Here's a newsflash for you: the future of Diabetes management and the hope for potential cures is an emotional topic. I know you're all shocked!
But sometimes as Diabetics living with the disease day in and day out, we get lulled into the technical sludge of recording blood sugars, making basal adjustments, and squeezing in at least 30 minutes of exercise each day. It's a job, it's a necessary evil, it's a chore. And facing all of the technical drama...
We sometimes forget to hope.
Last week I learned that parents of Type 1's never forget to hope. Yes, they may feel overwhelmed at times by such a time-intensive disease, with such dire consequences for less than stellar performance. But they rise above the trivialities of individual blood sugar readings and an extra sliver of brownie...they know what life is like without the burden of Diabetes.
...they attend meetings (like the one last week at HudsonAlpha), they fellowship, they freely sign their children up to donate blood for research studies, they hope...collectively, as a team.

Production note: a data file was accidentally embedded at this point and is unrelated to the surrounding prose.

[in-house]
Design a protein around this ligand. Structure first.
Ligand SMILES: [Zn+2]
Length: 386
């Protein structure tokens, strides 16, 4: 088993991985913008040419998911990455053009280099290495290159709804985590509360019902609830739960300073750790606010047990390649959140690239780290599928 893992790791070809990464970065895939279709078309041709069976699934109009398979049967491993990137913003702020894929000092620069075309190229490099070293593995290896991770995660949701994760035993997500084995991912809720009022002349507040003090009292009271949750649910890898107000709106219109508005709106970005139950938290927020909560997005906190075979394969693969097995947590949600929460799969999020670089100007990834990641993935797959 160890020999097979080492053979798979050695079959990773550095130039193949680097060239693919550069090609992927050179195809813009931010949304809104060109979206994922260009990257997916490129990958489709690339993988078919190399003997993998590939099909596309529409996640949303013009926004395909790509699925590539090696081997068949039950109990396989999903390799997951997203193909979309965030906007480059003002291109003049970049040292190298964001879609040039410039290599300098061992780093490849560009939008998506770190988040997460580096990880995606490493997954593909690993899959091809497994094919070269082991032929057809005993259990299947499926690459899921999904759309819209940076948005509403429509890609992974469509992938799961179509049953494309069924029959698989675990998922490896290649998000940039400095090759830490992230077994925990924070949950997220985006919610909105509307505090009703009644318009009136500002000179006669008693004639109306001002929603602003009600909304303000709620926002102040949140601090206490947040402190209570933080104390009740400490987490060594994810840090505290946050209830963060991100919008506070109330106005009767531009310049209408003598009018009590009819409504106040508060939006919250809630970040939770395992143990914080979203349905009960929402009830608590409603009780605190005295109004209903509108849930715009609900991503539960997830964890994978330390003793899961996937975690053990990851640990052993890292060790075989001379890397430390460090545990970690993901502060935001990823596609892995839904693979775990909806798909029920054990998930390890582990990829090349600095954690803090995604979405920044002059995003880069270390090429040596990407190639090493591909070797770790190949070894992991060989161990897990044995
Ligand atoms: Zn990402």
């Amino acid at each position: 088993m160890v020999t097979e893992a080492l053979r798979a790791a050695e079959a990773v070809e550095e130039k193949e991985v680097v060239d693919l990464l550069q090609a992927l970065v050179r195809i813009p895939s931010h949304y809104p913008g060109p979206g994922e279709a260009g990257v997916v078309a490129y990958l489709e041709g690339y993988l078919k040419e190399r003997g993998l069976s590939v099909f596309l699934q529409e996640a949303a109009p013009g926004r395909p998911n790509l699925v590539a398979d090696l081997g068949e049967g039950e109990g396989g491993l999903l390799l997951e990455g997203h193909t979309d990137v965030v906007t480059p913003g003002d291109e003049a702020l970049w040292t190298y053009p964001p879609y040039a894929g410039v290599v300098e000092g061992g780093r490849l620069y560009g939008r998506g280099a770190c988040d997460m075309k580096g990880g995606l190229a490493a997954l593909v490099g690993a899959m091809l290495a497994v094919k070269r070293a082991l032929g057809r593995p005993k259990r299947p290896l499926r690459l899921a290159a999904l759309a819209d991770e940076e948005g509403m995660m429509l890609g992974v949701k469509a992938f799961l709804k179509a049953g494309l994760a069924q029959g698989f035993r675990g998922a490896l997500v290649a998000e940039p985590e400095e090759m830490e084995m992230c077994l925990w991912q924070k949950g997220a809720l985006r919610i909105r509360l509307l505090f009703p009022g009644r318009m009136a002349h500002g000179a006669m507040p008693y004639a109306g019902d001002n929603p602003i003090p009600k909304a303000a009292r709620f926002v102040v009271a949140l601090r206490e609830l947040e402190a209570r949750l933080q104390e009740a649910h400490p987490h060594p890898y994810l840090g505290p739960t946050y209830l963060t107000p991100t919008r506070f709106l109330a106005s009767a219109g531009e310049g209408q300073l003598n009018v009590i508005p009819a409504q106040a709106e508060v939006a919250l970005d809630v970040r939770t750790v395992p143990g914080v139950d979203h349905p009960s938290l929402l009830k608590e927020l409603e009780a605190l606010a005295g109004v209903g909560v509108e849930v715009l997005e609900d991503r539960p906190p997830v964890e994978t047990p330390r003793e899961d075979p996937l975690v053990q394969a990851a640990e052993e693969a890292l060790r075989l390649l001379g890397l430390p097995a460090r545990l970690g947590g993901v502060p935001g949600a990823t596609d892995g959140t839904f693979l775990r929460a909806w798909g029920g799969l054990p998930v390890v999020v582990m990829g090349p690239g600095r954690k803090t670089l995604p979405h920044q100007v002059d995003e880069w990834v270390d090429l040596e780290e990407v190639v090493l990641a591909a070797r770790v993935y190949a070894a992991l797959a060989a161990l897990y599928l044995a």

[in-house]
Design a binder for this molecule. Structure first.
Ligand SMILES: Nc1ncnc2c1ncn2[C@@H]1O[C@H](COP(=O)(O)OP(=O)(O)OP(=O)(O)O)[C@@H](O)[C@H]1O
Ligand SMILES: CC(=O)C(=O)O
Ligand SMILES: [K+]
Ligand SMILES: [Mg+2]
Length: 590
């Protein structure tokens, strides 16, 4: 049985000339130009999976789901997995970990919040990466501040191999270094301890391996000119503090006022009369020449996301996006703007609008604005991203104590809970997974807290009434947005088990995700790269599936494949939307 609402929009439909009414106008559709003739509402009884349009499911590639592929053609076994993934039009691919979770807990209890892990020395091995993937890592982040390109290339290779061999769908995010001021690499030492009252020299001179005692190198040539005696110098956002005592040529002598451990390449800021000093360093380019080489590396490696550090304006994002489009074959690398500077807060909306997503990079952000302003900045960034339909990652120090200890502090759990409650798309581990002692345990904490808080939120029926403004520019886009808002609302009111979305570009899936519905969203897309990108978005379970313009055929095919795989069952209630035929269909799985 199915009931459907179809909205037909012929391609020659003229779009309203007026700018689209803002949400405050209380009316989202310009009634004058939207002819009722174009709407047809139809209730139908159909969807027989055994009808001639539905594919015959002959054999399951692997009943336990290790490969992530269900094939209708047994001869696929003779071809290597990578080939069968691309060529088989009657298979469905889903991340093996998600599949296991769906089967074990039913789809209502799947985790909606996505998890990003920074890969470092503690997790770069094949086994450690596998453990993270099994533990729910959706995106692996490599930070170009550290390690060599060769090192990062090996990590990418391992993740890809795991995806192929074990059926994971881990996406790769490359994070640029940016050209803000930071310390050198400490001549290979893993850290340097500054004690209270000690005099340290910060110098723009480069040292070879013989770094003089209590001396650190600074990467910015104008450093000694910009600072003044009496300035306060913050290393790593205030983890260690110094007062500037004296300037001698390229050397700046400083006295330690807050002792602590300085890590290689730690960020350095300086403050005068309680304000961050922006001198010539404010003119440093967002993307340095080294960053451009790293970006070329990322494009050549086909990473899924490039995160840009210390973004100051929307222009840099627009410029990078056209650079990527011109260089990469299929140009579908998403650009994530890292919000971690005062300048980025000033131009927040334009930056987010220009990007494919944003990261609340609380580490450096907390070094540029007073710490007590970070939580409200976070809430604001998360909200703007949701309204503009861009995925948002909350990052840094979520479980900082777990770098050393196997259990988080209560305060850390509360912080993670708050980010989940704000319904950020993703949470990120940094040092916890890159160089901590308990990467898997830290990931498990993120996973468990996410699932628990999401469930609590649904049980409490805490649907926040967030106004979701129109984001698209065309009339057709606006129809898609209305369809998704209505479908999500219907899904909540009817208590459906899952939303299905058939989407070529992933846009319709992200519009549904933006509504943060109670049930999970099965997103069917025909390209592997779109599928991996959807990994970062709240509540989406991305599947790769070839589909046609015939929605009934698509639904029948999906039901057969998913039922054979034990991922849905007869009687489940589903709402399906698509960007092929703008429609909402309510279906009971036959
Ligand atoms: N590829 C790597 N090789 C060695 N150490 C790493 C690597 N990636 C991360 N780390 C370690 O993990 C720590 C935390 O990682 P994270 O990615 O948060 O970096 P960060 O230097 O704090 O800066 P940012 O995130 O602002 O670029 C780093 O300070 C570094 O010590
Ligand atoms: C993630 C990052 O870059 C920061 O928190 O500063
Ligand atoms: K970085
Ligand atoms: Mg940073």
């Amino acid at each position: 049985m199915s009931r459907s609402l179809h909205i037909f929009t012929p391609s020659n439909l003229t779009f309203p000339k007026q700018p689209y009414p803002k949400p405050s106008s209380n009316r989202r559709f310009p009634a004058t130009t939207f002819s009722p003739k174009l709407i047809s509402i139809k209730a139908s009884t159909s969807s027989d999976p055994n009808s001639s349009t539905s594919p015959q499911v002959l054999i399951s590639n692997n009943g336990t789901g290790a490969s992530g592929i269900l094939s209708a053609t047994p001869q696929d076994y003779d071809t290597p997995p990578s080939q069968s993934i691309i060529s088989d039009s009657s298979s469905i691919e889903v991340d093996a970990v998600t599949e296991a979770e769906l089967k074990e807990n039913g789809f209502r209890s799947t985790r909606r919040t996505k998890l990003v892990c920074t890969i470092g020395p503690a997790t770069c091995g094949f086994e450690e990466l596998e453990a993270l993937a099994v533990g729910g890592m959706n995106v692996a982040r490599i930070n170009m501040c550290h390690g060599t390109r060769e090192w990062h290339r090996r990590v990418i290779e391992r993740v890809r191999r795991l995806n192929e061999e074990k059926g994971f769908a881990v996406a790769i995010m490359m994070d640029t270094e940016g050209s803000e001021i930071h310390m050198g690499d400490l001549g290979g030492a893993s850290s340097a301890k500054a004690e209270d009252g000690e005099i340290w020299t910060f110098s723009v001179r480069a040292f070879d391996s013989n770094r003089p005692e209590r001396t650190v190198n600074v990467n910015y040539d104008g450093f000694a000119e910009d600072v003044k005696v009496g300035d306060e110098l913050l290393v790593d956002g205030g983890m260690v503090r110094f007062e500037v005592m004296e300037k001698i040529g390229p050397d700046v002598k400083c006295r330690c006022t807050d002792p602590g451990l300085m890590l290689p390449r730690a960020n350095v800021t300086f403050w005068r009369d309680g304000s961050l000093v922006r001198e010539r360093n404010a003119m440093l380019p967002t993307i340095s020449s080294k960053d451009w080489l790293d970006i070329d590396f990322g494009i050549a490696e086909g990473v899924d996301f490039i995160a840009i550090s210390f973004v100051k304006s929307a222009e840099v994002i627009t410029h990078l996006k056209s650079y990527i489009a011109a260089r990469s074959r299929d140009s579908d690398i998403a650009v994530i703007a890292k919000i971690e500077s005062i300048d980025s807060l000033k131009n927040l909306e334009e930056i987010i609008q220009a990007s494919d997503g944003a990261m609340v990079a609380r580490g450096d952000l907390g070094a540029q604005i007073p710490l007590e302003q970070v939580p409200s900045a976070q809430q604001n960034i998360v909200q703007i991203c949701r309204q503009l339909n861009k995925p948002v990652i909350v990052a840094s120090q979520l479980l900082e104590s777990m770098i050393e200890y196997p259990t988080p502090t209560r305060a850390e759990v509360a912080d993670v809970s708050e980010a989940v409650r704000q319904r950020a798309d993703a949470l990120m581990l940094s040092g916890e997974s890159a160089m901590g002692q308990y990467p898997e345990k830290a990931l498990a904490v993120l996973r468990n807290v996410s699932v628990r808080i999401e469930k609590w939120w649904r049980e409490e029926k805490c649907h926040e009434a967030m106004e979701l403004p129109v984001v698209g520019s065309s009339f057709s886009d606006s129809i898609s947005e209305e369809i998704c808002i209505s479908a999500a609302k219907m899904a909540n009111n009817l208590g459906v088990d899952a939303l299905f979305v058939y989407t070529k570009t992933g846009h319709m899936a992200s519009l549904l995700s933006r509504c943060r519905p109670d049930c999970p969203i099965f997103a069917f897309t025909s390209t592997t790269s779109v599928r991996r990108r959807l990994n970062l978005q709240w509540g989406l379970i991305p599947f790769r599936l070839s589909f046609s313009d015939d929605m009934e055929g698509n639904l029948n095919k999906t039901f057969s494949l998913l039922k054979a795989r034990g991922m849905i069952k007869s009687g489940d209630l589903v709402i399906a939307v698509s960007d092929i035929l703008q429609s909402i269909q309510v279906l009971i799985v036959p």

I thought about this aura of hope throughout the meeting while researchers described new ways to detect potential Diabetic candidates early. I thought about it that night, and the next day. And then I decided to engage in a conversation with one of my coworkers...to share my excitement about the technical aspects of the talk. While he does not have Diabetes, I thought he would share in my excitement since he has another disease that is being researched in the study. Instead, I was met with a politically correct form of hostility. He brought politics into the mix, and insurance companies, and how we as Type 1's are such a small percentage of the population, and by imposing these new blood tests on everyone we will be raising health insurance costs for the entire nation.
And as I tried to fight back, I knew it was pointless.
Someone I thought might be empathetic, was definitely not. To his defense, he really is a great friend, and even this little chat won't change that. However, my political views are simply that: mine. I don't like fighting about them, especially when the topic at hand was not meant to be political, but rather personal.
My excitement and hope built from the night before, was now completely null. And I realized this event was just a microcosm of the bigger picture. We are constantly fighting battles we shouldn't have to fight. Having Diabetes doesn't mean we are insurance megaminds, political activists, debate specialists, or avid public speakers.
Having Diabetes only means one thing really...that we deserve the right to be hopeful for a cure.